Traditional measurement of the quality of a linear FM chirp has used Frequency Linearity or Phase Linearity. The linearity of frequency or phase of the chirp tells only part of the story. If a reflection or other time-related mechanism results in a delayed copy of the intended pulse (a secondary pulse) added to the main pulse, the linearity measurements may not easily discover the problem. Also, if a chirp pulse has periodic incidental modulation (particularly amplitude modulation), such an error may also very difficult to determine.
Impulse Response has commonly been included in the measurements made by vector network analyzers. As such, it is performed on components or assemblies as a forward transfer measurement. The Network Analyzer supplies the swept RF stimulus in addition to measuring the resultant output signal.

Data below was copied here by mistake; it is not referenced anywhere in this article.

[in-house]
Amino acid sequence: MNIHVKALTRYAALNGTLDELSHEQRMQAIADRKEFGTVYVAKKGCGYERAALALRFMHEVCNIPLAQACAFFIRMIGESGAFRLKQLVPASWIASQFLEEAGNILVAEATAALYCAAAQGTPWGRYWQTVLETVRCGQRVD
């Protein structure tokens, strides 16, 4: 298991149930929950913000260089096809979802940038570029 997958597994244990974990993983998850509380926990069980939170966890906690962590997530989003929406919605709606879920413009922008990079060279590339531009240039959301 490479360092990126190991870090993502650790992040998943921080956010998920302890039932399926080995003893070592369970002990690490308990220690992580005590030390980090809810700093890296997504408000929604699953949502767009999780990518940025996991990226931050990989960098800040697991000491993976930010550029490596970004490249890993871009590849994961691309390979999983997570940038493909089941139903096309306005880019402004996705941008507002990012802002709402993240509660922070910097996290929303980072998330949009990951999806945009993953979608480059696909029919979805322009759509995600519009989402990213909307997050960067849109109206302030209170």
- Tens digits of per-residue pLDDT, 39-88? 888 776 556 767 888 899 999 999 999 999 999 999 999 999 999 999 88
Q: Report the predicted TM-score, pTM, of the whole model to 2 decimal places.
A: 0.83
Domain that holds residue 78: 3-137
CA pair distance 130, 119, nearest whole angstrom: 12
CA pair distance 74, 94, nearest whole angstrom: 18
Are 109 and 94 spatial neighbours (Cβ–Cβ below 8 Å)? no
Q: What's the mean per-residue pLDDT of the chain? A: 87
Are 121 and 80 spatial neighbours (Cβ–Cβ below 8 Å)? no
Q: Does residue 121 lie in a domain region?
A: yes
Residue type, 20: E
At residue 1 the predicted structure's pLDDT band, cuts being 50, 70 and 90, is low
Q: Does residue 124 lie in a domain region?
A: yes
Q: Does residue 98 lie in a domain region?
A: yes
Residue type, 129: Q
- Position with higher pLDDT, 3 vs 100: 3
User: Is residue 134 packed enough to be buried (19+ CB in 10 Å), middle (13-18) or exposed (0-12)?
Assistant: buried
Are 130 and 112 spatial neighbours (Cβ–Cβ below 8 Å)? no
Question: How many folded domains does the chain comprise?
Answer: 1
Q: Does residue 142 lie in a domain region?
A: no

A measurement of the quality of a complete radar transmitter can be made using the FM chirp from the radar's own exciter as the swept RF source. In this manner, the quality of the generated chirp as well as all modules that the chirp passes through will be tested together as a complete assembled radar. This Impulse Response measurement is also called Time Sidelobe measurement.
The most obvious measurement is of a reflected and delayed copy of a chirp included with the main pulse. Such a secondary pulse can be simultaneously measured for both time delay and relative amplitude by plotting the impulse response of the main chirp pulse. This is functionally equivalent to a TDR using the chirp itself as the excitation signal.
Another defect, which this process can easily discover and measure, is incidental periodic modulation. Incidental modulation adds sidebands to the sweeping RF carrier. These sidebands effectively create lower amplitude copies of the chirp that appear as pulses both preceding and delayed behind the main chirp.
All of these defects would appear as false responses in a radar receiver.